November 17th, 2013
My curiosity stimulated by Alice Munro’s receiving this year’s Nobel Prize for Literature and having previously read only one of her short stories, I bought her most recent collection “Dear Life.” My intellectual and emotional reactions were quite at odds. Intellectually, I found the stories well-constructed, subtle, and occasionally surprising in their resolutions. Emotionally, I found them depressing in their depiction of the repressive social structures and customs of the Canada of my parents’ generation, especially in small-town southwest Ontario.
I’ll expand a bit on both reactions. My recent research on managerial narratives has involved structural analysis. From reading just 14 of Munro’s stories, I could see recurring patterns of plot structures, themes, characters, settings, and choice of narrator. It struck me that Munro’s entire corpus of work – some 150 stories – would be great material for structural analysis. This brought to mind the one Munro story I had read some 20 years ago. It was for a course on psychoanalysis and literature, and the instructor chose it because it so clearly illustrated some of the basic themes of Freudian analysis. I don’t remember which story it was, though I’m sure I would if I re-read it, and I don’t remember all of the Freudian themes. One I do remember, however, was what is referred to as “the primal scene,” and I encountered that theme three or four times in Dear Life.
I could imagine applying to SSHRC for a research grant to undertake structural analysis of Alice Munro’s corpus of stories. The coding and analysis would readily occupy a small team of graduate students for a considerable length of time – something SSHRC encourages. The problem is that I’m a management professor, and the English literature professors who populate the review committee would never permit an invasion of their turf by a management professor, even if he has compiled a strong record for the structural analysis of stories concerning management, organization, and politics. They would say that the politics of the family is so different that my qualifications are irrelevant.
The second perspective on Munro is more personal. My late father’s family grew up in rural southwestern Ontario, specifically the town of Markdale. My grandfather was a successful businessman who owned three creameries and became reeve of Markdale. My grandmother, however, was a difficult person, who erected barriers between herself and the world, and reinforced the barriers by drinking. My grandfather began a long-standing affair with his single book-keeper. News of the affair became public and the family left for Toronto. But the book-keeper came too, and the affair continued. This long-standing dishonoring of my grandmother insprired rage on my father’s part, and anger he felt toward my grand-father darkened the rest of their lives. As a child, I was aware of the anger, but not of its origins. That understanding came later, as I became an adult, and after the passing of my grandparents and of my father.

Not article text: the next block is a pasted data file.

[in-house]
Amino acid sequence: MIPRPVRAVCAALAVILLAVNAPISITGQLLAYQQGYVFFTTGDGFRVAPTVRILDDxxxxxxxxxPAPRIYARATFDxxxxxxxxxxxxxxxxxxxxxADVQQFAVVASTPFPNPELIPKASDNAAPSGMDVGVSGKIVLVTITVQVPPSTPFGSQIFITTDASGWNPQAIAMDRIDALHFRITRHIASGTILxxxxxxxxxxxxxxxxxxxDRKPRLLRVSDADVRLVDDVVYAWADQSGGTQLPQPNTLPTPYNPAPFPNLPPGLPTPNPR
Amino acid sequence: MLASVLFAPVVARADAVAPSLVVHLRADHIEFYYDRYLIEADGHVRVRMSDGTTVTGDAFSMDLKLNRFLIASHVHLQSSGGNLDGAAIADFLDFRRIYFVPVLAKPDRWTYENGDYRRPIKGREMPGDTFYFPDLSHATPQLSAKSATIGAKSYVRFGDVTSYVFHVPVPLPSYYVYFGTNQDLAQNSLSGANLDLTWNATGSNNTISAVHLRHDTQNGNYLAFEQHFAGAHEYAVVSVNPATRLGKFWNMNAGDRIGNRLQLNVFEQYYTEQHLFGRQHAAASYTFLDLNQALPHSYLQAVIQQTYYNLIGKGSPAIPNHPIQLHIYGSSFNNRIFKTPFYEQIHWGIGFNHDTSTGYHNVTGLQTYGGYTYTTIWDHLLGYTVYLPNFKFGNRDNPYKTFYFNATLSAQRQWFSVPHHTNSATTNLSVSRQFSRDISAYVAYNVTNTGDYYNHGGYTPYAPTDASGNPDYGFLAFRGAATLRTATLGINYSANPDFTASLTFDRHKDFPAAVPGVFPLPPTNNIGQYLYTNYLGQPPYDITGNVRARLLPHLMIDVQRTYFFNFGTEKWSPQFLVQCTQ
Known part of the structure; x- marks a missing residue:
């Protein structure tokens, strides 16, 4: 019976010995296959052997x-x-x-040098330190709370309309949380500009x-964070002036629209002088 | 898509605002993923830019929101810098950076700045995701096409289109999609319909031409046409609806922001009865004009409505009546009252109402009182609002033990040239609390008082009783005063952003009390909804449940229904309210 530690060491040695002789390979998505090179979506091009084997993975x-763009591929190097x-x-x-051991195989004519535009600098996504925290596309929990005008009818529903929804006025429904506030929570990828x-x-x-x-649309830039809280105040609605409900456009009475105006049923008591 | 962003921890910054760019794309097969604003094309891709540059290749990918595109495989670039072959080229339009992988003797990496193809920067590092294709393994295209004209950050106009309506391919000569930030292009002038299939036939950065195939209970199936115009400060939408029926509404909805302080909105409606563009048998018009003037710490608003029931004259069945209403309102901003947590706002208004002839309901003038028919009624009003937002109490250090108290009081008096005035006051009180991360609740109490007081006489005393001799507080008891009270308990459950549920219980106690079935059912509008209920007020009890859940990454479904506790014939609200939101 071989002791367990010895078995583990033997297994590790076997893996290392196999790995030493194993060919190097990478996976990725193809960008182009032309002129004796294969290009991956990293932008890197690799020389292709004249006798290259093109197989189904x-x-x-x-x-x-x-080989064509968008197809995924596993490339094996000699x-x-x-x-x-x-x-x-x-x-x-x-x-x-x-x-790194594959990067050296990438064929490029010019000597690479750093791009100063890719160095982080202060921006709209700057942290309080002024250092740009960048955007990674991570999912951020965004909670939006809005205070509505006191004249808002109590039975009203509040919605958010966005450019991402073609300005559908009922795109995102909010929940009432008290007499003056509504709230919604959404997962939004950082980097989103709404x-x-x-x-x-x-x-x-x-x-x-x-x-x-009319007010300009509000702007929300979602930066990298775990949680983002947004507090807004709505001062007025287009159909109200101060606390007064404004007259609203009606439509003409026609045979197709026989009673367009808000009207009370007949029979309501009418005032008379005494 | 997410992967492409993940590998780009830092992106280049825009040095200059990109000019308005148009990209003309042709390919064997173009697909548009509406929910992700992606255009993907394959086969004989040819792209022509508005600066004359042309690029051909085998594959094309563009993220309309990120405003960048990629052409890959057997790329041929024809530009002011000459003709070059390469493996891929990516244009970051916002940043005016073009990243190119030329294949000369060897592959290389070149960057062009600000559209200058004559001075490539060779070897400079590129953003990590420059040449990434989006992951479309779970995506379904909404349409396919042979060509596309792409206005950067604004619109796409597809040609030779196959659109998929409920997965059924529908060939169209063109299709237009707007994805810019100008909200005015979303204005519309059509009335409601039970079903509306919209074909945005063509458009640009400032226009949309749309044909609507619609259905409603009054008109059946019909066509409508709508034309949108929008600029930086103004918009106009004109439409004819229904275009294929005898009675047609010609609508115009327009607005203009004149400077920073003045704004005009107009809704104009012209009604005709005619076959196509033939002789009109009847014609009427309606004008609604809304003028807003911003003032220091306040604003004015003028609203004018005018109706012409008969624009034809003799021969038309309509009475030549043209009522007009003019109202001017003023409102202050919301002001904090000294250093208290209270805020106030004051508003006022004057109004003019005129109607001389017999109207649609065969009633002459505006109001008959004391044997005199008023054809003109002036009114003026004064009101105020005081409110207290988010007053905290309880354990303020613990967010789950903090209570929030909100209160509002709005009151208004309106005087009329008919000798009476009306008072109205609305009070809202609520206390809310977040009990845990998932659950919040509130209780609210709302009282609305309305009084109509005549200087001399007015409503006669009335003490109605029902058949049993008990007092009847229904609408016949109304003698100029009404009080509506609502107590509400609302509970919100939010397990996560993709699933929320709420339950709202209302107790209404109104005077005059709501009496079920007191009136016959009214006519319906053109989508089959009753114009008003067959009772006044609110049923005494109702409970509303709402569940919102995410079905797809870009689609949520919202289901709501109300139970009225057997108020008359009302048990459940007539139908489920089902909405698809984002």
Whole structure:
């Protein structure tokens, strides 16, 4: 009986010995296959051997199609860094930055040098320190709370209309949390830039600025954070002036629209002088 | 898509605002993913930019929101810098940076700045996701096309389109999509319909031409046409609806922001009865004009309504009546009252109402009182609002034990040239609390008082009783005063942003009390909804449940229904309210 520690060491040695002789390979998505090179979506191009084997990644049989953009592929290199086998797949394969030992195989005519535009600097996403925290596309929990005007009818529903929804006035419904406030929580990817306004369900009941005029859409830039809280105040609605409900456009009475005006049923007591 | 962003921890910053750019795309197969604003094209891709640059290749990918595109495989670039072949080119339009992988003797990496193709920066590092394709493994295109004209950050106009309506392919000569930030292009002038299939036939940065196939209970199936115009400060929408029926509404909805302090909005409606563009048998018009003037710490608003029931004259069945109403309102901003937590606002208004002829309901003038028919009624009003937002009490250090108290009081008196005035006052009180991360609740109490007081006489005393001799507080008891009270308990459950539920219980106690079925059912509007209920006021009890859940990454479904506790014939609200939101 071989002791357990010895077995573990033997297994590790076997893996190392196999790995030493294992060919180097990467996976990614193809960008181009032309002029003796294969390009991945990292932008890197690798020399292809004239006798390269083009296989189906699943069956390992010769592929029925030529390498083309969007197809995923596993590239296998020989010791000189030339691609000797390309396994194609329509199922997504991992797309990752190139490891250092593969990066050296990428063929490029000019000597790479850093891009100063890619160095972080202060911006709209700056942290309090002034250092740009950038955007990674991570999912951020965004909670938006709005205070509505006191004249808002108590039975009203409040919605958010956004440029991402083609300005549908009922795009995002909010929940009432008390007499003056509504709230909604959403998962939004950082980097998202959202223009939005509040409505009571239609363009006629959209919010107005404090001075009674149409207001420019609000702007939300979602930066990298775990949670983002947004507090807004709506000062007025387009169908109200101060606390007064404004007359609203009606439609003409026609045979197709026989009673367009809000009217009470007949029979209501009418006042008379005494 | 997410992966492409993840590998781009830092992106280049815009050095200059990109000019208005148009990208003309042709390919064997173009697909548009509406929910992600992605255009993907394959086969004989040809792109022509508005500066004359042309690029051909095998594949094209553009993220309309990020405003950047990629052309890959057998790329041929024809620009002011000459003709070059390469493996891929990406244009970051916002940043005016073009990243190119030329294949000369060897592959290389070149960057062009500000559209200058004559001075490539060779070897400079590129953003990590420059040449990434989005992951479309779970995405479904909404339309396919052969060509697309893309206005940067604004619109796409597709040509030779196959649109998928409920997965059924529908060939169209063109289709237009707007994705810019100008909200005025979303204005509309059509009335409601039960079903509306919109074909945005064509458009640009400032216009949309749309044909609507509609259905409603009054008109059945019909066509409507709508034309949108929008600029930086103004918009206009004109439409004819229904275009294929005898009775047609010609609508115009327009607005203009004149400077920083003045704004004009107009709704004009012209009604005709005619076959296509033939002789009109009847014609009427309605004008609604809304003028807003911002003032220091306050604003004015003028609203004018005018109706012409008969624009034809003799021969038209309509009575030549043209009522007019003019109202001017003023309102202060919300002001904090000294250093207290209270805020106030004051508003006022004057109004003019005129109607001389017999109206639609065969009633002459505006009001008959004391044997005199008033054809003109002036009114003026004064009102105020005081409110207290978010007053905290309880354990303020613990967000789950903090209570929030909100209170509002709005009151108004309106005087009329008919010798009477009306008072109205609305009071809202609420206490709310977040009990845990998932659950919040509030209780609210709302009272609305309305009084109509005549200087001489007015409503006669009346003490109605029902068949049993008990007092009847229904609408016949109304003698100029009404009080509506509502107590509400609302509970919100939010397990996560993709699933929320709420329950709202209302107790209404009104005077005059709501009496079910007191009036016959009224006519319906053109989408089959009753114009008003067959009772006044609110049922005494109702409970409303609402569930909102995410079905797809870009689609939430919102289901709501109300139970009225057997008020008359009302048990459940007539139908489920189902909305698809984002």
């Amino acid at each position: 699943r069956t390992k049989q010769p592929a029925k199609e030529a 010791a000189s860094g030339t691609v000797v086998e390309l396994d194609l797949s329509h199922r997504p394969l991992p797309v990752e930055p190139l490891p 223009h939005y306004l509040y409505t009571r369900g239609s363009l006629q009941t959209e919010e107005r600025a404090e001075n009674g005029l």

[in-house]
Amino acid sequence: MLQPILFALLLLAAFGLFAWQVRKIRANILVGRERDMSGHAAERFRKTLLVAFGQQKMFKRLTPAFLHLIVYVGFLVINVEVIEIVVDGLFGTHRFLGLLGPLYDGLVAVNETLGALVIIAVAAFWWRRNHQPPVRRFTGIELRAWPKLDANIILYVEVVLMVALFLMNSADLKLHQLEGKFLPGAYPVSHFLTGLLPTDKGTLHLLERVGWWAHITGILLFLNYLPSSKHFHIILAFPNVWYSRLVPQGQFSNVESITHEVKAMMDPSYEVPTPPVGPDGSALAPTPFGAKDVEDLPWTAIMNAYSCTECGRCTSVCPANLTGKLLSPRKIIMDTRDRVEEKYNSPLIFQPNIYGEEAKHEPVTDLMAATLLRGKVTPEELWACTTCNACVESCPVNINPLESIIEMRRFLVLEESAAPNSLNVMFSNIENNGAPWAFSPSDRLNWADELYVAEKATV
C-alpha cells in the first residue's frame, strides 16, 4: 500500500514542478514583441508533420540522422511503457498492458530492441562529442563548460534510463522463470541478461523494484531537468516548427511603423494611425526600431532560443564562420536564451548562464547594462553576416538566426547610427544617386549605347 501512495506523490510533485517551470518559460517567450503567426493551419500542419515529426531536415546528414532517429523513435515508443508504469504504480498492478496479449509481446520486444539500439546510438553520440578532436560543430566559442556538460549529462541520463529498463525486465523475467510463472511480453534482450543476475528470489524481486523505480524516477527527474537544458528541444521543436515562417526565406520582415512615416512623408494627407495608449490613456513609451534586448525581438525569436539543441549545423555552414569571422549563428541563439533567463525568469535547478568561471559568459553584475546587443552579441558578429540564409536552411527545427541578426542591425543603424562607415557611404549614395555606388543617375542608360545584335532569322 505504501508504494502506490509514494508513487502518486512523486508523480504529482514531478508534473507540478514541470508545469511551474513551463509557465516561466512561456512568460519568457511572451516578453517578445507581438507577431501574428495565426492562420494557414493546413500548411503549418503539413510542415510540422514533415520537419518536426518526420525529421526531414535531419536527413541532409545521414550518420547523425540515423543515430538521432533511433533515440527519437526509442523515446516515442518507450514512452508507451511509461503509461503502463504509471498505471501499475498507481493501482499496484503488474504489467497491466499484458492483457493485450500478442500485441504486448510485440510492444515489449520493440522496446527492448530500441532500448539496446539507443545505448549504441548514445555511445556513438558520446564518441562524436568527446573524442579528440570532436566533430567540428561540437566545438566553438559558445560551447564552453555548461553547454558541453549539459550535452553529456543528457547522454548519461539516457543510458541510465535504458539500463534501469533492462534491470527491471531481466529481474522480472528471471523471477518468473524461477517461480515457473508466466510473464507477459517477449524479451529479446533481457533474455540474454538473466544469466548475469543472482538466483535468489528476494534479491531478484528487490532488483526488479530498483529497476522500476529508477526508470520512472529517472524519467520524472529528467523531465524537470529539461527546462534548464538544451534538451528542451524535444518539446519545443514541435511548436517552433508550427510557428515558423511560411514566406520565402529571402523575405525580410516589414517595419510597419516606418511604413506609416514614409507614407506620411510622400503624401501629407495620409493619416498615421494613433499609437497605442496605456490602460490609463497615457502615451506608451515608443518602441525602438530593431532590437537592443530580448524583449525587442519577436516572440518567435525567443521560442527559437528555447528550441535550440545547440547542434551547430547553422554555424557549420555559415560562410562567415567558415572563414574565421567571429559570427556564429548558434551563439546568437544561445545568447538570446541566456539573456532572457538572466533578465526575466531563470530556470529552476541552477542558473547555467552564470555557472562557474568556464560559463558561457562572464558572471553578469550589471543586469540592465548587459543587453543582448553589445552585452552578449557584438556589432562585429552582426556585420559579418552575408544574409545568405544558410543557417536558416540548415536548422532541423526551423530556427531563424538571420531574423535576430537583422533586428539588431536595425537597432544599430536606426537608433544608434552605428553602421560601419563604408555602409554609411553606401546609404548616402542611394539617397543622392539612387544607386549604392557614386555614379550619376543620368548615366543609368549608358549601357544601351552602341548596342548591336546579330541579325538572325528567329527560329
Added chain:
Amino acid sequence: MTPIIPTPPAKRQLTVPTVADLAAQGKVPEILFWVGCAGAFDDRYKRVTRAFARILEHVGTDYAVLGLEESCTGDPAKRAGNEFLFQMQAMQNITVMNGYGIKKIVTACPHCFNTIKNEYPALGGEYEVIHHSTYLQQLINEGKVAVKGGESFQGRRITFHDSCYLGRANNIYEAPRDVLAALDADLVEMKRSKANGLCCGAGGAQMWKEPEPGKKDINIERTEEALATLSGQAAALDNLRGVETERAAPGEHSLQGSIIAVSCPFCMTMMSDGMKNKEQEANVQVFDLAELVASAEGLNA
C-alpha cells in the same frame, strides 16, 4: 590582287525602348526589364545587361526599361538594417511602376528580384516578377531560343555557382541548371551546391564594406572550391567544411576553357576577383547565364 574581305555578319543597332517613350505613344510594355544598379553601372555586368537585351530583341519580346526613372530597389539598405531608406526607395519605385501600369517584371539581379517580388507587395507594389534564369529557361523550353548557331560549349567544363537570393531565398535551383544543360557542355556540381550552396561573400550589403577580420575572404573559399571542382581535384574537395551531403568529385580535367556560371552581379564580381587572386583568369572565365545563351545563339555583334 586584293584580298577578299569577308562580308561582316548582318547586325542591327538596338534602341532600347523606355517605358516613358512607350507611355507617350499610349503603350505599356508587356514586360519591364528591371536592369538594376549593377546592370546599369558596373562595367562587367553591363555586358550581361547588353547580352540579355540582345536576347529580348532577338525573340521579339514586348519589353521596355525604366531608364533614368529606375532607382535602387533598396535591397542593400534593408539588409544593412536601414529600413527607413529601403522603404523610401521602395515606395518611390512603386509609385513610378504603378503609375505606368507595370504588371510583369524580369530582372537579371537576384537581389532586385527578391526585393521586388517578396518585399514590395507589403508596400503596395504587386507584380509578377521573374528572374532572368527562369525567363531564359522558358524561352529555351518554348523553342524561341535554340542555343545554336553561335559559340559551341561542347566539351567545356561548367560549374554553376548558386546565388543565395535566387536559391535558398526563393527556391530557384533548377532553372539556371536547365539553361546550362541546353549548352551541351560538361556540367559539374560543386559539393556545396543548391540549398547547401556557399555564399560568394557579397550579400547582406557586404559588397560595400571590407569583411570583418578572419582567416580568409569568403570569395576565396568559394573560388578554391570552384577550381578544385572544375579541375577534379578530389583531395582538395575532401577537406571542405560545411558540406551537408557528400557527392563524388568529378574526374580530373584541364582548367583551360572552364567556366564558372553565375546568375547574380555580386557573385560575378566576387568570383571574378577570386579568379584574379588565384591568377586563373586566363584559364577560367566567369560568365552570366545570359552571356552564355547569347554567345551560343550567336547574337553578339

Reading Alice Munro’s stories, many of which have as their theme family dysfunction and illicit sexuality, and their setting a repressive neo-Victorian society, brought back to mind my grandparents’ and my father’s story, and my own feelings of sadness about it. In a way, Munro was telling their story. Had she known their story, she could have embellished it and turned it into an exemplar of her art.
I’ve resolved to read more Munro. And, who knows, maybe in my retirement, after having completed the structural analysis of more managerial fables, I’ll shift my perspective to analyzing her disquieting vision of the politics of the family.